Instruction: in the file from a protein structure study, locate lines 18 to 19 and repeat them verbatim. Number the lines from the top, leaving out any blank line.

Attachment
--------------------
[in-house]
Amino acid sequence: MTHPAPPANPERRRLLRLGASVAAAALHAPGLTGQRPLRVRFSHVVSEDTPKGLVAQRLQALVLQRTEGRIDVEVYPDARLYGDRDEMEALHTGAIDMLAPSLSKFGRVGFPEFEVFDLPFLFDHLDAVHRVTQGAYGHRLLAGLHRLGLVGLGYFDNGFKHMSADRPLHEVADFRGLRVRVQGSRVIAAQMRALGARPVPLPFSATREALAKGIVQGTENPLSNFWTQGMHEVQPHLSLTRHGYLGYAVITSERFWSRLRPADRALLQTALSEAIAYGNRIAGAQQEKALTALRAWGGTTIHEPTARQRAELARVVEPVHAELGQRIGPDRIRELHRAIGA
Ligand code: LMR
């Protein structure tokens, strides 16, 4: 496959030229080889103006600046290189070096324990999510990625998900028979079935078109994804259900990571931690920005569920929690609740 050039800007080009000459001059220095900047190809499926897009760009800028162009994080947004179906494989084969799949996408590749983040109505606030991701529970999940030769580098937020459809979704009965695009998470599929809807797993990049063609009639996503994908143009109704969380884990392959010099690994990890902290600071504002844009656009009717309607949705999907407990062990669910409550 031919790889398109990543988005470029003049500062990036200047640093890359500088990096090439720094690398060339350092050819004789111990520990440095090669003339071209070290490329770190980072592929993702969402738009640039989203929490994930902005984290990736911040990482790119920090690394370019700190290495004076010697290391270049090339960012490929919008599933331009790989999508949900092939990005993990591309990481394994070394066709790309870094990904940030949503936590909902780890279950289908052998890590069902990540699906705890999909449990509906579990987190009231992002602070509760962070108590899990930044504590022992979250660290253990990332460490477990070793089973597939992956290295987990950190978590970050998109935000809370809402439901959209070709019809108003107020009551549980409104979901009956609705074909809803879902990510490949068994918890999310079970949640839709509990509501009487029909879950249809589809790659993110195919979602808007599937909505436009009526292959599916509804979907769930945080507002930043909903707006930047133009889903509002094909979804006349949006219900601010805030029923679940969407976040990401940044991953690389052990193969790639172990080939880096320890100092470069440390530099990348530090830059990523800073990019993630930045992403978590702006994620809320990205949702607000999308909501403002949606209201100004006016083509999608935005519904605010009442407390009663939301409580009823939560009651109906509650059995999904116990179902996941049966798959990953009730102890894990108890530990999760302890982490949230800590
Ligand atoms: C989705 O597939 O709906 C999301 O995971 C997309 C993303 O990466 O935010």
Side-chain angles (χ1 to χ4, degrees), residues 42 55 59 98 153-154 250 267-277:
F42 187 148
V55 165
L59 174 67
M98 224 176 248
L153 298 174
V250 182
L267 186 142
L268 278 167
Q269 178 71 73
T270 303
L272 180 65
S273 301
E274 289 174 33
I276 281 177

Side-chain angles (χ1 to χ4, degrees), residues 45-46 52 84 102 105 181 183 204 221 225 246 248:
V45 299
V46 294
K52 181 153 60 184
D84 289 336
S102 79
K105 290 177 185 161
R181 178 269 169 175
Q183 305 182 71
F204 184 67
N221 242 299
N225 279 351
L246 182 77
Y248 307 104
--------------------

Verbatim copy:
S273 301
E274 289 174 33